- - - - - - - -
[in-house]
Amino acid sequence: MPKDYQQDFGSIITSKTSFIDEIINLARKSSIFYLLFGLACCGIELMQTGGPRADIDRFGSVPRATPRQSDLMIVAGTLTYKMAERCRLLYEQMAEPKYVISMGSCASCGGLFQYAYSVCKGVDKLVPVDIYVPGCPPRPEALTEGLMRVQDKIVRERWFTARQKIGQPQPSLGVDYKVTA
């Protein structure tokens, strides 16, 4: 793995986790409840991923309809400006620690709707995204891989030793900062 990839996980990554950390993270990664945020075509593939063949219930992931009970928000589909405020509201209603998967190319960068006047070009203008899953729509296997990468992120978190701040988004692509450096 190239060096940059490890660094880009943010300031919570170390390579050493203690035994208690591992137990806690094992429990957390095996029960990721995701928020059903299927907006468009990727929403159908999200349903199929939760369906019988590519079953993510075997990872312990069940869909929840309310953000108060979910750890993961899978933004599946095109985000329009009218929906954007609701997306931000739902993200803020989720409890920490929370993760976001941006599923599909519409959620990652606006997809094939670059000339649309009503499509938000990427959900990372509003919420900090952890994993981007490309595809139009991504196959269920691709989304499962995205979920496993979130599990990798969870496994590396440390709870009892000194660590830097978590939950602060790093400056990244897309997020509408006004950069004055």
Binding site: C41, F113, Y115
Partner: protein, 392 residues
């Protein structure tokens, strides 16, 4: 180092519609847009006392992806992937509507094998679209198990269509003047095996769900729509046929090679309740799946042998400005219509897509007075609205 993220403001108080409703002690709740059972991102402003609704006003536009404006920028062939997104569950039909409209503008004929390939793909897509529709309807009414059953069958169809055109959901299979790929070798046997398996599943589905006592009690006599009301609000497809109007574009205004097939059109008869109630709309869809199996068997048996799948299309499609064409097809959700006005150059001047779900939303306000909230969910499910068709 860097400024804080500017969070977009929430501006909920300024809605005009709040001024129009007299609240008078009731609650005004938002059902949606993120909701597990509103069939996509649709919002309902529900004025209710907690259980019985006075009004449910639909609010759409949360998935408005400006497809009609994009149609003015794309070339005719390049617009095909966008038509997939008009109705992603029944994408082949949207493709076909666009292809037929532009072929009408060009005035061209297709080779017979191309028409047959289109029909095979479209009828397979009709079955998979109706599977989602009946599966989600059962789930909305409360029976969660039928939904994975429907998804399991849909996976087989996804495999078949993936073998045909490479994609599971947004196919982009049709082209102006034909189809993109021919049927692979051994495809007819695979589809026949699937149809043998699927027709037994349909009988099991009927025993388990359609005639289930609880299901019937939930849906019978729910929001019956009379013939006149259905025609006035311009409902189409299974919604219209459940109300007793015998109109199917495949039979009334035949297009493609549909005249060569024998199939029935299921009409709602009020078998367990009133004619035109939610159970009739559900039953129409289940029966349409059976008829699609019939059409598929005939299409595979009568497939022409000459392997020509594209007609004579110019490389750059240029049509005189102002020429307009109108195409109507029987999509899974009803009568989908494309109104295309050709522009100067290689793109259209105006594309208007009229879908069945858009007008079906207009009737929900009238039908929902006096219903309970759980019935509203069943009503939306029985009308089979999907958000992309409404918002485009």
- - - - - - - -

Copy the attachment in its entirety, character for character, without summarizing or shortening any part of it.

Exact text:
[in-house]
Amino acid sequence: MPKDYQQDFGSIITSKTSFIDEIINLARKSSIFYLLFGLACCGIELMQTGGPRADIDRFGSVPRATPRQSDLMIVAGTLTYKMAERCRLLYEQMAEPKYVISMGSCASCGGLFQYAYSVCKGVDKLVPVDIYVPGCPPRPEALTEGLMRVQDKIVRERWFTARQKIGQPQPSLGVDYKVTA
């Protein structure tokens, strides 16, 4: 793995986790409840991923309809400006620690709707995204891989030793900062 990839996980990554950390993270990664945020075509593939063949219930992931009970928000589909405020509201209603998967190319960068006047070009203008899953729509296997990468992120978190701040988004692509450096 190239060096940059490890660094880009943010300031919570170390390579050493203690035994208690591992137990806690094992429990957390095996029960990721995701928020059903299927907006468009990727929403159908999200349903199929939760369906019988590519079953993510075997990872312990069940869909929840309310953000108060979910750890993961899978933004599946095109985000329009009218929906954007609701997306931000739902993200803020989720409890920490929370993760976001941006599923599909519409959620990652606006997809094939670059000339649309009503499509938000990427959900990372509003919420900090952890994993981007490309595809139009991504196959269920691709989304499962995205979920496993979130599990990798969870496994590396440390709870009892000194660590830097978590939950602060790093400056990244897309997020509408006004950069004055």
Binding site: C41, F113, Y115
Partner: protein, 392 residues
């Protein structure tokens, strides 16, 4: 180092519609847009006392992806992937509507094998679209198990269509003047095996769900729509046929090679309740799946042998400005219509897509007075609205 993220403001108080409703002690709740059972991102402003609704006003536009404006920028062939997104569950039909409209503008004929390939793909897509529709309807009414059953069958169809055109959901299979790929070798046997398996599943589905006592009690006599009301609000497809109007574009205004097939059109008869109630709309869809199996068997048996799948299309499609064409097809959700006005150059001047779900939303306000909230969910499910068709 860097400024804080500017969070977009929430501006909920300024809605005009709040001024129009007299609240008078009731609650005004938002059902949606993120909701597990509103069939996509649709919002309902529900004025209710907690259980019985006075009004449910639909609010759409949360998935408005400006497809009609994009149609003015794309070339005719390049617009095909966008038509997939008009109705992603029944994408082949949207493709076909666009292809037929532009072929009408060009005035061209297709080779017979191309028409047959289109029909095979479209009828397979009709079955998979109706599977989602009946599966989600059962789930909305409360029976969660039928939904994975429907998804399991849909996976087989996804495999078949993936073998045909490479994609599971947004196919982009049709082209102006034909189809993109021919049927692979051994495809007819695979589809026949699937149809043998699927027709037994349909009988099991009927025993388990359609005639289930609880299901019937939930849906019978729910929001019956009379013939006149259905025609006035311009409902189409299974919604219209459940109300007793015998109109199917495949039979009334035949297009493609549909005249060569024998199939029935299921009409709602009020078998367990009133004619035109939610159970009739559900039953129409289940029966349409059976008829699609019939059409598929005939299409595979009568497939022409000459392997020509594209007609004579110019490389750059240029049509005189102002020429307009109108195409109507029987999509899974009803009568989908494309109104295309050709522009100067290689793109259209105006594309208007009229879908069945858009007008079906207009009737929900009238039908929902006096219903309970759980019935509203069943009503939306029985009308089979999907958000992309409404918002485009």